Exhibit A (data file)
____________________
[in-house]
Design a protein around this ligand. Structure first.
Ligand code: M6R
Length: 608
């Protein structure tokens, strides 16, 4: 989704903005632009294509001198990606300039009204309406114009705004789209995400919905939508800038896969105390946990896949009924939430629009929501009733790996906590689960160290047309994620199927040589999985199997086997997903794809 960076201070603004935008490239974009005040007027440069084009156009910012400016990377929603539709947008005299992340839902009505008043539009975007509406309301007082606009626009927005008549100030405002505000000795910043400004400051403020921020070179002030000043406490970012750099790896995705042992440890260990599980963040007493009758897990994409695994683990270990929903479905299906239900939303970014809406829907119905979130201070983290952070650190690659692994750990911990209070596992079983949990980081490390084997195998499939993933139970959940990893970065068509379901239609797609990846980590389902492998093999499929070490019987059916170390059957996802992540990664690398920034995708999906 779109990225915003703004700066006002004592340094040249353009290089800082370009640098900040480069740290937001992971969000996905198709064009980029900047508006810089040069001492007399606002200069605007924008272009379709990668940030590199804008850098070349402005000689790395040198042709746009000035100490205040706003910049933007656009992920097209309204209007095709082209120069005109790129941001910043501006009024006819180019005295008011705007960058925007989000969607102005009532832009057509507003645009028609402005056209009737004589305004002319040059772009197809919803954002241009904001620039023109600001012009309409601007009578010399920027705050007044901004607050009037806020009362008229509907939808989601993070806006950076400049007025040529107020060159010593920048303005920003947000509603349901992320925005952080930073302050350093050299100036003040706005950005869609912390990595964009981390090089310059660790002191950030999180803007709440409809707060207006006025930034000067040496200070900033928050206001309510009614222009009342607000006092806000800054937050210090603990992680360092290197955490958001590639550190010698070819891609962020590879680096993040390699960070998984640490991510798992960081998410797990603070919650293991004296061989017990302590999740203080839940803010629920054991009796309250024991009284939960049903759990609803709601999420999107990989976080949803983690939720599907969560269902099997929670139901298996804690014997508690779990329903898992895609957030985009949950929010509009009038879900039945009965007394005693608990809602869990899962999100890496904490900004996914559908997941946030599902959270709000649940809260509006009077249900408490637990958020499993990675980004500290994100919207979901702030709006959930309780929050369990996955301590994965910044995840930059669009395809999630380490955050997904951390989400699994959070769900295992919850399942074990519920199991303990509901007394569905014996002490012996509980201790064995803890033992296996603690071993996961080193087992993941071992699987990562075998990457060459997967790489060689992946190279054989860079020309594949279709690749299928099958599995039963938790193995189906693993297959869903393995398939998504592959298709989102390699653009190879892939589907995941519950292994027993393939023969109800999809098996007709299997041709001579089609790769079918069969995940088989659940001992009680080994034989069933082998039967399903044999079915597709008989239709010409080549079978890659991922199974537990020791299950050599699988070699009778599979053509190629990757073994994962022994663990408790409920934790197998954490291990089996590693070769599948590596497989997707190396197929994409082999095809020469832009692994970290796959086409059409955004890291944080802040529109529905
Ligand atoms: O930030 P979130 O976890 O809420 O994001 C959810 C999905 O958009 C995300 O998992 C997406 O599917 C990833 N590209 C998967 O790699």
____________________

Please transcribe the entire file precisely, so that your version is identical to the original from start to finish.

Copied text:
[in-house]
Design a protein around this ligand. Structure first.
Ligand code: M6R
Length: 608
């Protein structure tokens, strides 16, 4: 989704903005632009294509001198990606300039009204309406114009705004789209995400919905939508800038896969105390946990896949009924939430629009929501009733790996906590689960160290047309994620199927040589999985199997086997997903794809 960076201070603004935008490239974009005040007027440069084009156009910012400016990377929603539709947008005299992340839902009505008043539009975007509406309301007082606009626009927005008549100030405002505000000795910043400004400051403020921020070179002030000043406490970012750099790896995705042992440890260990599980963040007493009758897990994409695994683990270990929903479905299906239900939303970014809406829907119905979130201070983290952070650190690659692994750990911990209070596992079983949990980081490390084997195998499939993933139970959940990893970065068509379901239609797609990846980590389902492998093999499929070490019987059916170390059957996802992540990664690398920034995708999906 779109990225915003703004700066006002004592340094040249353009290089800082370009640098900040480069740290937001992971969000996905198709064009980029900047508006810089040069001492007399606002200069605007924008272009379709990668940030590199804008850098070349402005000689790395040198042709746009000035100490205040706003910049933007656009992920097209309204209007095709082209120069005109790129941001910043501006009024006819180019005295008011705007960058925007989000969607102005009532832009057509507003645009028609402005056209009737004589305004002319040059772009197809919803954002241009904001620039023109600001012009309409601007009578010399920027705050007044901004607050009037806020009362008229509907939808989601993070806006950076400049007025040529107020060159010593920048303005920003947000509603349901992320925005952080930073302050350093050299100036003040706005950005869609912390990595964009981390090089310059660790002191950030999180803007709440409809707060207006006025930034000067040496200070900033928050206001309510009614222009009342607000006092806000800054937050210090603990992680360092290197955490958001590639550190010698070819891609962020590879680096993040390699960070998984640490991510798992960081998410797990603070919650293991004296061989017990302590999740203080839940803010629920054991009796309250024991009284939960049903759990609803709601999420999107990989976080949803983690939720599907969560269902099997929670139901298996804690014997508690779990329903898992895609957030985009949950929010509009009038879900039945009965007394005693608990809602869990899962999100890496904490900004996914559908997941946030599902959270709000649940809260509006009077249900408490637990958020499993990675980004500290994100919207979901702030709006959930309780929050369990996955301590994965910044995840930059669009395809999630380490955050997904951390989400699994959070769900295992919850399942074990519920199991303990509901007394569905014996002490012996509980201790064995803890033992296996603690071993996961080193087992993941071992699987990562075998990457060459997967790489060689992946190279054989860079020309594949279709690749299928099958599995039963938790193995189906693993297959869903393995398939998504592959298709989102390699653009190879892939589907995941519950292994027993393939023969109800999809098996007709299997041709001579089609790769079918069969995940088989659940001992009680080994034989069933082998039967399903044999079915597709008989239709010409080549079978890659991922199974537990020791299950050599699988070699009778599979053509190629990757073994994962022994663990408790409920934790197998954490291990089996590693070769599948590596497989997707190396197929994409082999095809020469832009692994970290796959086409059409955004890291944080802040529109529905
Ligand atoms: O930030 P979130 O976890 O809420 O994001 C959810 C999905 O958009 C995300 O998992 C997406 O599917 C990833 N590209 C998967 O790699």